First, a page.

ECONOMY

WB praises Turkey’s reforms despite delays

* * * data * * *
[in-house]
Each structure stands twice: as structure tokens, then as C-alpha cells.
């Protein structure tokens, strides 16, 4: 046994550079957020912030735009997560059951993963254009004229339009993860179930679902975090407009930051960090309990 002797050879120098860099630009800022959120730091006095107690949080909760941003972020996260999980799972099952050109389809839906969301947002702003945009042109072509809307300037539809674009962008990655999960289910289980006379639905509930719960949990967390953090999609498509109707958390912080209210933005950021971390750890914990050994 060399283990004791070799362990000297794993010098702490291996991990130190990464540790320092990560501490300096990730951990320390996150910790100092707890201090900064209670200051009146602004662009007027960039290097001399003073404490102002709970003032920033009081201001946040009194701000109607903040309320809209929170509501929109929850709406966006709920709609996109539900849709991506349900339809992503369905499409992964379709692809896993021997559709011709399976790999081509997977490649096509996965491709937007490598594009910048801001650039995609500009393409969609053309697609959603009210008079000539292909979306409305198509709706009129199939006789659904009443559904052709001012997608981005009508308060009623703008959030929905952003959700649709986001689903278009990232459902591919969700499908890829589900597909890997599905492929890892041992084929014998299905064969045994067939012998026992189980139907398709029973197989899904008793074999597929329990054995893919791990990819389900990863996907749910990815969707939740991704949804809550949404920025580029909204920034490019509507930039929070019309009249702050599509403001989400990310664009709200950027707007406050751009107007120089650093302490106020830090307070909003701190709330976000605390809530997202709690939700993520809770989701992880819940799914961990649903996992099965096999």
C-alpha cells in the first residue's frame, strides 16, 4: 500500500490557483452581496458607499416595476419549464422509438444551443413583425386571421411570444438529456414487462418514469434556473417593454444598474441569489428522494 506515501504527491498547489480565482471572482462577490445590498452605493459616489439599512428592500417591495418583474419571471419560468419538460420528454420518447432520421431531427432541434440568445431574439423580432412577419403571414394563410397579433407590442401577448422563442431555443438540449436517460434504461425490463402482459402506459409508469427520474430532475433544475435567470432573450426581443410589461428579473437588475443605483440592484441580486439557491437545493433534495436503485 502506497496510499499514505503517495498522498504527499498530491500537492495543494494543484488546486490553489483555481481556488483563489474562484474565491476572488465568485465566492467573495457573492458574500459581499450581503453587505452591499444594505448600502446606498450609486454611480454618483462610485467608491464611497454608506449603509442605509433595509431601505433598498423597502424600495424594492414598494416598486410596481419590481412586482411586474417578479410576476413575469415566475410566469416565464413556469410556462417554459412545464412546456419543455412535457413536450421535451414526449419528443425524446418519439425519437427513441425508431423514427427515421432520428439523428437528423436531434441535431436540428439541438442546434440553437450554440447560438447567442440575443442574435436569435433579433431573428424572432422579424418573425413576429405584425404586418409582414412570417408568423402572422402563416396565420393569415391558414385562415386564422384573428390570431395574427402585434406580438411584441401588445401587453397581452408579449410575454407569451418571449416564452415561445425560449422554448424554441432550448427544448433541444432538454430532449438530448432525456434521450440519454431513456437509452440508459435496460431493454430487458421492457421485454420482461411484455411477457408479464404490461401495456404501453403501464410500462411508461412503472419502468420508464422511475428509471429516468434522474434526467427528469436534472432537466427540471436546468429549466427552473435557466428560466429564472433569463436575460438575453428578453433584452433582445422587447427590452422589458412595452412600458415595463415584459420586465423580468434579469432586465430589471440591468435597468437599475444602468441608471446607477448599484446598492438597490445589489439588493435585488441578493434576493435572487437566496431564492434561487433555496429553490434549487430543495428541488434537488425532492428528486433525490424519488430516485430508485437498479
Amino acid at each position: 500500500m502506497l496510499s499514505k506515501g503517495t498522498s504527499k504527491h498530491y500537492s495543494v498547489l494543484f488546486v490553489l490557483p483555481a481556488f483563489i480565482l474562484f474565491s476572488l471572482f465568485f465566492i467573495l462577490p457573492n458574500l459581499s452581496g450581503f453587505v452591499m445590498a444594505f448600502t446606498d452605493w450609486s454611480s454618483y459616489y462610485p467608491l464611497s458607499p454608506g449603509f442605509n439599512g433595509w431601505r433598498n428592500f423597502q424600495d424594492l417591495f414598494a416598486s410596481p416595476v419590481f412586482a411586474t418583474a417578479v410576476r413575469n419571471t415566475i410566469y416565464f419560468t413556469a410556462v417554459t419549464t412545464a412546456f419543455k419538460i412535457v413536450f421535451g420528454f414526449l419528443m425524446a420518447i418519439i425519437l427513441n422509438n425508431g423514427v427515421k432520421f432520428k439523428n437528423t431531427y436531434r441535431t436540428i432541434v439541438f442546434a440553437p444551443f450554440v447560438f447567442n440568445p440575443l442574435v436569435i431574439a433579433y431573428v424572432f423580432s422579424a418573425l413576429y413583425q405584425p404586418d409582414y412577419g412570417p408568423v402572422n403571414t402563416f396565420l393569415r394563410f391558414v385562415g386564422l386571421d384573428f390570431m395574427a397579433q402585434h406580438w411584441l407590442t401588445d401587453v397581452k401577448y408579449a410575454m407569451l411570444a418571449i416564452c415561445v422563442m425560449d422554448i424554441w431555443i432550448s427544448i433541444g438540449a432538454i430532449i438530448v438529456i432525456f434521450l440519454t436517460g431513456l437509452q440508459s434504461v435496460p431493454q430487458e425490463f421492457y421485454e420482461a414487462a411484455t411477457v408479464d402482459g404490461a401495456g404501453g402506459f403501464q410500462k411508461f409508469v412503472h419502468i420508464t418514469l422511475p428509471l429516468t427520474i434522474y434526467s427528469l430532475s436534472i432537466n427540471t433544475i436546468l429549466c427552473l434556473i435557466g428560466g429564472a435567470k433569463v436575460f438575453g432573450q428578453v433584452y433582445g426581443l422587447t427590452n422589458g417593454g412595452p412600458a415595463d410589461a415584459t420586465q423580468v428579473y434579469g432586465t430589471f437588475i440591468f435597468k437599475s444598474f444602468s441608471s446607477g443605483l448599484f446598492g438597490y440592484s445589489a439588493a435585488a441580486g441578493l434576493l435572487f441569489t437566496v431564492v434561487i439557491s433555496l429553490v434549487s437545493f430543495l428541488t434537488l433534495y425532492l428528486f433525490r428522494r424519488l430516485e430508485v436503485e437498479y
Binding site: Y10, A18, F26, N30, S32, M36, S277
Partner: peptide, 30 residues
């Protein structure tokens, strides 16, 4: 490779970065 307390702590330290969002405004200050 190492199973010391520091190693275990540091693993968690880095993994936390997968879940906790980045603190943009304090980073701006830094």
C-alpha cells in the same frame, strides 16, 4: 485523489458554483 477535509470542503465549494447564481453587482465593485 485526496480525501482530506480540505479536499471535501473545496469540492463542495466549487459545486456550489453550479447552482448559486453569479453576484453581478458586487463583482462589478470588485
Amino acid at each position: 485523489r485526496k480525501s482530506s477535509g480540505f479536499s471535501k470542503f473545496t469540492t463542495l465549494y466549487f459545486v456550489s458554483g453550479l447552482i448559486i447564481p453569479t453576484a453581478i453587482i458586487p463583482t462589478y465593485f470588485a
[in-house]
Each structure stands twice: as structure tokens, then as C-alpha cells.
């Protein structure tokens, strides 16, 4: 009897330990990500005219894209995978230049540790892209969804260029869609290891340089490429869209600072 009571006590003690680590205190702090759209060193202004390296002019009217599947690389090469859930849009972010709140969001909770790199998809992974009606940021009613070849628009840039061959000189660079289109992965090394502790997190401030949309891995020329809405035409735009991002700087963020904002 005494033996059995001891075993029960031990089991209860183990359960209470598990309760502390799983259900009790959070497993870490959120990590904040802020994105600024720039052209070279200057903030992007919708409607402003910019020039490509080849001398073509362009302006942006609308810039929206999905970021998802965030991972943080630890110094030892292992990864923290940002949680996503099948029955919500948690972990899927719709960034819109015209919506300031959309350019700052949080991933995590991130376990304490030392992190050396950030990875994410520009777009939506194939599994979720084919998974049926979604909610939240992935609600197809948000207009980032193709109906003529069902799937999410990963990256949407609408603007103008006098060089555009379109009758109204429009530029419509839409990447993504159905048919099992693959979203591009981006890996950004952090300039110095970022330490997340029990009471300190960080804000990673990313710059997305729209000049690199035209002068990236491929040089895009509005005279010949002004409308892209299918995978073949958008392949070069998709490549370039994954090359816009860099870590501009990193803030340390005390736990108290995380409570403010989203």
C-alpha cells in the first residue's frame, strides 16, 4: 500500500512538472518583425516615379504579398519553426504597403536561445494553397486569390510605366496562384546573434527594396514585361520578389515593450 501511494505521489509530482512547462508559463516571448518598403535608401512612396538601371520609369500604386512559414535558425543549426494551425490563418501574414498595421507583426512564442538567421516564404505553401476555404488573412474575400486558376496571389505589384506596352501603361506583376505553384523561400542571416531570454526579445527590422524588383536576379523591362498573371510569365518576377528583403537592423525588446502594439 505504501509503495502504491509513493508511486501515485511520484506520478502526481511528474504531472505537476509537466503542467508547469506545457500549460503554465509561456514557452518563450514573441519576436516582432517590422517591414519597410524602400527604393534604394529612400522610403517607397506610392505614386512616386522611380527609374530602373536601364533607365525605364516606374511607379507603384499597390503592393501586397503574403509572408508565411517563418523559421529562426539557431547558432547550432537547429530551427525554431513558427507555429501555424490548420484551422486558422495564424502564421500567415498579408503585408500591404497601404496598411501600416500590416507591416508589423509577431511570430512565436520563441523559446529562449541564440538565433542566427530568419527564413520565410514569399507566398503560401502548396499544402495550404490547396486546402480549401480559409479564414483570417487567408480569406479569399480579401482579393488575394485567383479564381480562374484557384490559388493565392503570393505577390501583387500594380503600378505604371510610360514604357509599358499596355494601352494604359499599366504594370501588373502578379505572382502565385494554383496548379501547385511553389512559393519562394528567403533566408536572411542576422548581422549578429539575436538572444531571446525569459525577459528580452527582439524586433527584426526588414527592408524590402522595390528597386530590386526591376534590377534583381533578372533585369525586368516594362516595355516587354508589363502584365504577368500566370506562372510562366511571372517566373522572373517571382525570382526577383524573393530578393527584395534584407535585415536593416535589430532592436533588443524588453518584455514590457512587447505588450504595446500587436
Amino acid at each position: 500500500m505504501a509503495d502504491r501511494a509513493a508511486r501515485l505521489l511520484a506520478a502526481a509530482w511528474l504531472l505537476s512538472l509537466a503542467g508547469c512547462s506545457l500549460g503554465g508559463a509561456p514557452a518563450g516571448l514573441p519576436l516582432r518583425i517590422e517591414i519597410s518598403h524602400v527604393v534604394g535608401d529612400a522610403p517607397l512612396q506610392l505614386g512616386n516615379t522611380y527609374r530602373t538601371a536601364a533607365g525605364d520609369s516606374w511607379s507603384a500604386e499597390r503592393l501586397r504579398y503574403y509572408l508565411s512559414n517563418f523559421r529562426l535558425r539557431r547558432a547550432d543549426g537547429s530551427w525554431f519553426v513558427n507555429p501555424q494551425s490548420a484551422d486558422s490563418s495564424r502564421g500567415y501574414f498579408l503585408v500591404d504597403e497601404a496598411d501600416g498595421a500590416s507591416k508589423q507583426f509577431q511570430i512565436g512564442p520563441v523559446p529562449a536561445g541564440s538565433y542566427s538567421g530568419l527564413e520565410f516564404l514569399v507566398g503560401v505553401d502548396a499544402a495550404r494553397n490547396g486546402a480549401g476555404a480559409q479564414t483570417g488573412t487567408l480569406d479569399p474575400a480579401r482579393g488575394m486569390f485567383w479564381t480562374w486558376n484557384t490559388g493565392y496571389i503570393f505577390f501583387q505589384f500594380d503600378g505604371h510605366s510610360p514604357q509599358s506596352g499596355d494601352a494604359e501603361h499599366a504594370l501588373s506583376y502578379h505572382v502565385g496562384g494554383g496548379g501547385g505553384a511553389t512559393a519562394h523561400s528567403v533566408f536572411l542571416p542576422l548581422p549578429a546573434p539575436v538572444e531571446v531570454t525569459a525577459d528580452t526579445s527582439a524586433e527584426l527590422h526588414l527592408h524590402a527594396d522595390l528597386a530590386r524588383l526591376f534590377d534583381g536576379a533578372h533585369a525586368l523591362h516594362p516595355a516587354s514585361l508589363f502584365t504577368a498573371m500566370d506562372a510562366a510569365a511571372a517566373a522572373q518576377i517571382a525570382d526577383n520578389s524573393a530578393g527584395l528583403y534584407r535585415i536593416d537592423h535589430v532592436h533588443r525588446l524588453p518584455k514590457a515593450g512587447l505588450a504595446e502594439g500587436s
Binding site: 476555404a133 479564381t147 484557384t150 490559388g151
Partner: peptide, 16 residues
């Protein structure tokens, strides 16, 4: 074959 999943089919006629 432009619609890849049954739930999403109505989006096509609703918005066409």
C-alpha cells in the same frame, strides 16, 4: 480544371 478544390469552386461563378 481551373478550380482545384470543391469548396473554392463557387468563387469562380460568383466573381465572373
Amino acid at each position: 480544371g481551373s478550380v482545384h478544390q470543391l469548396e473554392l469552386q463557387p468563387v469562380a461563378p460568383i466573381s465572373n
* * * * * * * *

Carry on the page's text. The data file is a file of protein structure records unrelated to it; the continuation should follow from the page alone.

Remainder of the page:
ISTANBUL – World Bank President Paul Wolfowitz said yesterday Turkey, the bank’s third-largest borrower, was on track with structural reforms despite some legal delays. The international lender had lent Turkey a total of $18.5 billion (-14.3 billion) by the end of 2006 to help the reform of areas such as public finance management, social security, privatizations and an overhaul of the electricity sector. «Turkey’s economic progress is striking… We can help other countries with the experience of Turkey,» Wolfowitz, in Turkey for an official visit, told a news conference in Istanbul after meeting with Turkish Treasury Minister Ali Babacan. A delay in Turkey’s social security reform, which faced strong opposition from labor unions following a partial cancellation by the country’s top court, has raised speculation that Turkey has begun slackening in its reform drive. «I have been pleased with discussions, both with the minister (Ali Babacan) and prime minister (Recep Tayyip Erdogan) and we have a very solid common understanding of what the Turkish economy needs,» he told a news conference. The reform, sought by the International Monetary Fund, was postponed by six months to July 1 after the constitutional court ruling last December. Reform of Turkey’s unwieldy welfare system, a key sector draining central government funds, is seen as a litmus test of the government’s resolve to push through difficult reforms in an election year. Wolfowitz said it was up to the government to decide on the new calendar for the implementation of the reform law. «Short-term difficulties, even pain, will give you a much stronger country and will give you long-term gain… The leaders are the ones to decide on the political calendar,» he said. Babacan said the government was committed to passing the law and said: «Although the court decision has altered our calendar, we have to respect its ruling. In the long term this will be to our benefit. Delays in the social security reform and in electricity privatizations do not mean the government has abandoned or slackened off in such work.» The government decided earlier this month to postpone the privatization of three electricity grids under a World Bank-sponsored plan until after parliamentary elections in November. The bids were due on January 19 in the sell-off tender.